Imagine diving into a world filled with endless possibilities, and the only limit is your imagination. With a few clicks and buttons on your device, this can be possible. On the other hand, imagine diving into a world where there is no online security, you are constantly being tracked, and you get hacked often. Yes, this is the power of coding. It is wonderful, but it does have its drawbacks. You have heard the phrase “Computer science and coding is the future, it is such a crucial skill” a million times, but is it really? Let’s dive in deeper.
Firstly, implementing computer science into curriculums is great for boosting children’s problem solving and thinking skills. With coding, you have to solve problems, whilst abstractly thinking of a step-by-step solution. A child may have taken weeks to create a website, yet it does not function properly, because of a small coding error you made earlier on. Then, the child would have to look through the coding script and find what the problem is, and how he/she can change it. It is a leading skill for the future as technology advances.
However, forcing children to learn coding on top of maths and English already may be too much for them, and they may start to feel too pressured, which can lead to other problems later in life, whether it be mentally or physically. Since students already have so much on their plates, is it really necessary to bombard them with so many core classes? Secondary school students have to work on exam subjects, and if computer science is examined, they may not study for it and neglect it. Another approach could be to make computer science non-examined, but then some students in exam years may also find it frustrating having to learn an extra subject, which they take no interest in. Thus, what is the point of providing a curriculum when most students will mess around in that class?
On the other hand, many jobs will require the skill of coding, and there is a lack of supply of Computer Science Majors. In 2015 in the United States, computer science majors accounted for only 3.14% of majors, a 0.62% decrease from 2010. So, by making computer science a compulsory subject, schools will be helping students to increase their employability, and expanding their knowledge. Furthermore, many outcast students will be able to find a passion or excel in a subject, as they may not find traditional subjects that interesting. This is similar to the case of arts vs humanities, some students find their passion in the arts whilst others find theirs in humanities. Schools should encourage students to blossom each student’s interests as much as they can, and adding a new subject is a great way to do this.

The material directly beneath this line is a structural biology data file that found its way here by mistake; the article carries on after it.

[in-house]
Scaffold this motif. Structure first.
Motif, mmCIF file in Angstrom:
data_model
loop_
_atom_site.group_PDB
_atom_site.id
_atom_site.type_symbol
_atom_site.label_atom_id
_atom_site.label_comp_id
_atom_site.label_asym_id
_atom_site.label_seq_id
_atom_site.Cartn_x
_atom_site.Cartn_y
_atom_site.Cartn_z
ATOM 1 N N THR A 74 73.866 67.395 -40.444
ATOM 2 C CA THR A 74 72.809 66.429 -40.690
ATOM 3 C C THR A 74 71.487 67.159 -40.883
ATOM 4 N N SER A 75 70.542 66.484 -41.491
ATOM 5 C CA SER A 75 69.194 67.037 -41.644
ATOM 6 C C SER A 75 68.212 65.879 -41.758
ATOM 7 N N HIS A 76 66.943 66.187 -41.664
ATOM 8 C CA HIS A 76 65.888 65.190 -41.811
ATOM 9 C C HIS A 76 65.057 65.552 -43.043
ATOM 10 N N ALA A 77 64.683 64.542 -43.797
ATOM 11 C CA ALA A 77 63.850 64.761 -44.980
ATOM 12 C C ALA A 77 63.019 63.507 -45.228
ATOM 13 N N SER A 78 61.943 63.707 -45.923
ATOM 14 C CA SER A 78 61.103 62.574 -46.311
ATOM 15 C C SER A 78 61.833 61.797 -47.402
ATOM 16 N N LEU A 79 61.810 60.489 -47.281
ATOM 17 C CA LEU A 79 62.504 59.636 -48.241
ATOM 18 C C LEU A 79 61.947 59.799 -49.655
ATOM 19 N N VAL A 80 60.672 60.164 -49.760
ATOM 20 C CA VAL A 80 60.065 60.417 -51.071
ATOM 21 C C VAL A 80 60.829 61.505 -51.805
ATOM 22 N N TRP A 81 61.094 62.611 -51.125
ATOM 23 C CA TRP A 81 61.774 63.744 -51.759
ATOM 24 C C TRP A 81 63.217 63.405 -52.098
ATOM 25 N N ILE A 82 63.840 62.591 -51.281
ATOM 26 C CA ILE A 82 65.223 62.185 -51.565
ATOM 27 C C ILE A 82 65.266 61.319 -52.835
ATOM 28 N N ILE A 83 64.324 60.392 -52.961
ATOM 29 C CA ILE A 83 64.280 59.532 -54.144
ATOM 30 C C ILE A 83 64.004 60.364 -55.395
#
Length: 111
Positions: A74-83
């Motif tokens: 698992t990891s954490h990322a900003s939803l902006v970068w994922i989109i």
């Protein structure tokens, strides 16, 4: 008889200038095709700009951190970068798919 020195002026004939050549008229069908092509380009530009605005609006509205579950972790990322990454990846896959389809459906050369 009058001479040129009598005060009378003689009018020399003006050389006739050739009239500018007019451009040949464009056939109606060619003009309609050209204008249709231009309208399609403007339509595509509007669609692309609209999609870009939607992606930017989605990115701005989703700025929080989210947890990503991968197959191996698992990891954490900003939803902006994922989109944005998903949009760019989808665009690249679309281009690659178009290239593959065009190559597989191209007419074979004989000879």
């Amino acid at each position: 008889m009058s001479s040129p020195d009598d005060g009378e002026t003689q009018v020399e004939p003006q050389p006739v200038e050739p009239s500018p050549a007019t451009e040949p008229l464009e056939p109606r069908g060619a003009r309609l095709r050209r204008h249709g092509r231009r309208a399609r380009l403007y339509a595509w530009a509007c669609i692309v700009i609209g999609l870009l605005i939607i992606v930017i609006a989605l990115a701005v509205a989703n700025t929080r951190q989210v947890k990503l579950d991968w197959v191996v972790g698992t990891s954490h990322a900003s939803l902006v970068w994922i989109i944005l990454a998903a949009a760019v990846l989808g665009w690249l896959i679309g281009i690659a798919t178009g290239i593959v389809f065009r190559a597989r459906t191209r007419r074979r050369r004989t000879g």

Regardless, computer science is always changing, as there are constantly new softwares, apps, programs, and more. Learning to code may be useful today, but will it help you tomorrow? Only time can tell. Many students would be frustrated if they spent many years of their life studying something that no longer applies to the world, unlike maths and English. Maths has been the same for decades, and English has gone through some changes, but primarily, it is still the same. For such a new subject like computer science, it is unpredictable where the field will take us. Schools may also have to constantly adapt, update, and purchase new equipment, thus it may be costly for them to keep up with the field.
So, the million dollar question - should coding be taught as a core subject, like maths and English? In my opinion, I think that if schools have the funds and the majority of students are interested in this field, then yes, it should be implemented into curriculums for students to learn. However, taking into account that many students are already stressed with exams and other tests, it should be made compulsory only for primary students and the early years of secondary school, as the students do not have to take any major exams.
Young Entrepreneur Council. “Should You Learn To Code? Six Pros And Cons”. Forbes, December 18 2013, https://www.forbes.com/sites/theyec/2013/12/18/should-you-learn-to-code-six-pros-and-cons/Accessed June 29th 2020.
Sedgewick, Robert. “Should Computer Science Be Required?”. Inside Higher Ed, October 28 2019,
Accessed July 3rd 2020